The Tshechu  festival in Paro is without doubt the most popular springtime festival in Bhutan and this can easily be combined with a trek.This festival re-enacts one of the most famous Buddhist legends and is a vibrant explosion of colour, music and dancing. For details of other festival dates in Bhutan see our blog article here.

How are Bhutan treks operated?

Mules trekking in BhutanThere are two big differences about trekking in Bhutan compared to our other destinations. First, is that Bhutanese people do not carry loads.  It is simply not culturally acceptable for them to be porters. All luggage and kit are therefore carried by mules, so several mules and a mule man are an important part of every team. Besides him, your crew will only consist of a guide, a cook and a tent boy. 

Typical camp site on a Bhutan trekSecond is that unlike in Nepal there are no lodges, so all trips are fully-supported camping expeditions. And unlike in Tanzania where our team have to fight to find a spot to put up our tents, in Bhutan you will often find you are the only people staying on a particular site.

Your camp will consist of a sleeping tent, a toilet tent, a mess tent and a cooks tent. The tents are all of a high standard but the camping experience makes trekking in Bhutan very different  to Nepal.

Lunch on a Bhutan trekFood on all the treks is excellent with plenty of freshly cooked food available for all meals. You will be amazed at what a good mountain chef can create on a simple primus stove.

A particular novelty is that lunch is always a cooked meal but this is prepared in the morning and then carried in special thermally insulated pots.  When served it looks like this and when the weather is cold something hot is really great.

Leave No Trace in Bhutan

Surprisingly for a country that rates Gross National Happiness as its most important goal, the principle of Leave No Trace is not well established and all the main trekking routes are badly strewn with litter. Kandoo have agreed with the Minister for Tourison that we will adopt the Chomolahri route and work to clean up the whole route. So now on every trek we run our team not only are working hard to look after you but are also working to clean up all the rubbish. Check out our team on the trail with cleaned up trash below.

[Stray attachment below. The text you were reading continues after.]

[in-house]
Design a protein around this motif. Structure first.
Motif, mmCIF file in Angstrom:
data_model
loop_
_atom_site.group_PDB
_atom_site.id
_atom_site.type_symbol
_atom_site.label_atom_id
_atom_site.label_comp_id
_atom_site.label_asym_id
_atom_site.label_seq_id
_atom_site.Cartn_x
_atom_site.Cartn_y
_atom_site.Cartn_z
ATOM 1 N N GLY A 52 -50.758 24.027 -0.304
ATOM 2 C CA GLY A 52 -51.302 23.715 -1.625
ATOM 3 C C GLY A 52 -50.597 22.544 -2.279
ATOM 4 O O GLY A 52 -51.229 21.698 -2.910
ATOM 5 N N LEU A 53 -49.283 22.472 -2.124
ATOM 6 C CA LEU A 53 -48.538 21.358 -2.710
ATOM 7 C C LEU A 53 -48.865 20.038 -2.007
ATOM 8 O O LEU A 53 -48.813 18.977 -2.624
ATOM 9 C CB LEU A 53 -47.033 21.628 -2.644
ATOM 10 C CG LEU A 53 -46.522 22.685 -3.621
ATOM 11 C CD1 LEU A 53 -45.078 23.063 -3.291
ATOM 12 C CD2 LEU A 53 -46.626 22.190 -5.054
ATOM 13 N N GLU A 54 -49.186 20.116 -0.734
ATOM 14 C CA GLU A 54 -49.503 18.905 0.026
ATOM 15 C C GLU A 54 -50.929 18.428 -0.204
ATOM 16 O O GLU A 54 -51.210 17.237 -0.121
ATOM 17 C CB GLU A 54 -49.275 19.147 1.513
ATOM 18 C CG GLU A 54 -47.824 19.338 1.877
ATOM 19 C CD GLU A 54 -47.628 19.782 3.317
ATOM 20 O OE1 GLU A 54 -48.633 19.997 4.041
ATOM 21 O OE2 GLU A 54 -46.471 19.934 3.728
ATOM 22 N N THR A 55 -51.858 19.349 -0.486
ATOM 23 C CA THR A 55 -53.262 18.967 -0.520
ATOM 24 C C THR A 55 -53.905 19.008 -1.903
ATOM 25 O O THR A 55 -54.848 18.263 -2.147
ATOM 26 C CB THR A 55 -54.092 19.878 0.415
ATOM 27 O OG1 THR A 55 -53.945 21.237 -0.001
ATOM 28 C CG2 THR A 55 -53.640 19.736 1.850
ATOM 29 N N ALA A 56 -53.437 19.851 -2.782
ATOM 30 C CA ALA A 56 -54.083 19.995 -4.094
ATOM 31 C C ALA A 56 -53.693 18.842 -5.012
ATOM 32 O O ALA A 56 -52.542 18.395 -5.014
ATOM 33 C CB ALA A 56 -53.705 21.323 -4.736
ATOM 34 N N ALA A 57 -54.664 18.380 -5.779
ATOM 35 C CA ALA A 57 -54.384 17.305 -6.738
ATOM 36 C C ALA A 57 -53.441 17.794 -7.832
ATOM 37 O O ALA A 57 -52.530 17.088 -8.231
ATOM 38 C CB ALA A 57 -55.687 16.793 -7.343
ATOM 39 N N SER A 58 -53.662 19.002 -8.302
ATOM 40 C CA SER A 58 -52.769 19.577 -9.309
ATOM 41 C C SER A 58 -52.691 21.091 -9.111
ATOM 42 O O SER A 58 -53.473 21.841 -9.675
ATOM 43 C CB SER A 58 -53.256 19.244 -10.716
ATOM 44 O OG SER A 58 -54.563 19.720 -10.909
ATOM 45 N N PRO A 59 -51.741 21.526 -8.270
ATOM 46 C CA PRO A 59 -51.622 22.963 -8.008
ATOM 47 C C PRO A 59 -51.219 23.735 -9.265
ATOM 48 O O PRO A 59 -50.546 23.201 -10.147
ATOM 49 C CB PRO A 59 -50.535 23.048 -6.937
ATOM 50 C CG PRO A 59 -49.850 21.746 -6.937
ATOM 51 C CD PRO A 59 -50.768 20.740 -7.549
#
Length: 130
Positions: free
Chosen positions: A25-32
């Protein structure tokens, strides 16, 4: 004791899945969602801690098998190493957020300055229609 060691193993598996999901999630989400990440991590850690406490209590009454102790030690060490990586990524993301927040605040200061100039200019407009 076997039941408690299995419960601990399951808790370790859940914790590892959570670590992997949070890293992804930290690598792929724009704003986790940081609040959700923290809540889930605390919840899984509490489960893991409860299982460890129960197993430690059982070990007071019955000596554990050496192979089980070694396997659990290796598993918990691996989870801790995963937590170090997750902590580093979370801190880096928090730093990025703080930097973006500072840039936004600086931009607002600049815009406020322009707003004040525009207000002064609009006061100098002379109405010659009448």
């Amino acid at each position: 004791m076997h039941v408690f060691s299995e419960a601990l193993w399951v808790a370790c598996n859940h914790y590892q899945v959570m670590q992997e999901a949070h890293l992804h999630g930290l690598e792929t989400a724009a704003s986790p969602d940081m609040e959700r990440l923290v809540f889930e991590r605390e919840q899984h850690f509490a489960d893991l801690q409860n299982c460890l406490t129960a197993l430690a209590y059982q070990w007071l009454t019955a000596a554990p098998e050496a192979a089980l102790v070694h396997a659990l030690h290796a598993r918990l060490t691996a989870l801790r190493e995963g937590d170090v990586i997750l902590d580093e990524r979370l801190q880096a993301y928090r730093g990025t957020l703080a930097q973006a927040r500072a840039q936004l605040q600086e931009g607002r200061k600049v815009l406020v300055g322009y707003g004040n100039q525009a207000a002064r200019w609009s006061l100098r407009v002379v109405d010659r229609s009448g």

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Other things to combine with your Bhutan trek

Bhutan is a truly unique country which is working extremely hard to preserve its own very special culture. The official measure of national prosperity is GNH, Gross National Happines, not Gross Domestic Product as in the West.  The Gross National Happiness index implemented by Bhutan was built on four pillars –sustainable socio-economic development, environment conservation, maintaining the countries tradition & culture and good governance. All government policies are tested against these criteria  leading to some quite radical approaches. For example, Bhutan is the only country in the world that has completely banned smoking.

Given that where-ever you are in the world, you will have travelled a long way to reach Bhutan, if you can spare the time it is certainly worth trying to fit in seeing more of the country. We have mentioned the festivals in "When to visit" above and, more generally, the areas we would particularly recommend visiting are theTiger's NEst Monastery outside Paro and cities of Thimpu and Punakha. 

Visiting the Tiger's Nest Monastery

hike to the tigers nest monestary If there is a single image that people recognise from Bhutan it is the Tiger's Nest monastery and a day hike to visit this iconic destination is included in all our Bhutan treks.  We have some useful tips to ensure you have the best experience at the Tiger's Nest here. aAs you can imagine the monastery is very popular and the main trail is extremely busy at peak periods.

The Tiger's Nest monastery clings precariously to vertical cliffs situated just outside Paro and is the holiest site in all of Bhutan.  The founder of Bhuddhism in Bhutan, the Guro Rinpoche, is believed to have arrived at this site flying on the back of a tiger and meditated in caves here for over three years.  Amongst all the hype about bucket list destinations, the Tiger's Nest is one place that more than lives up to everyone's expectations.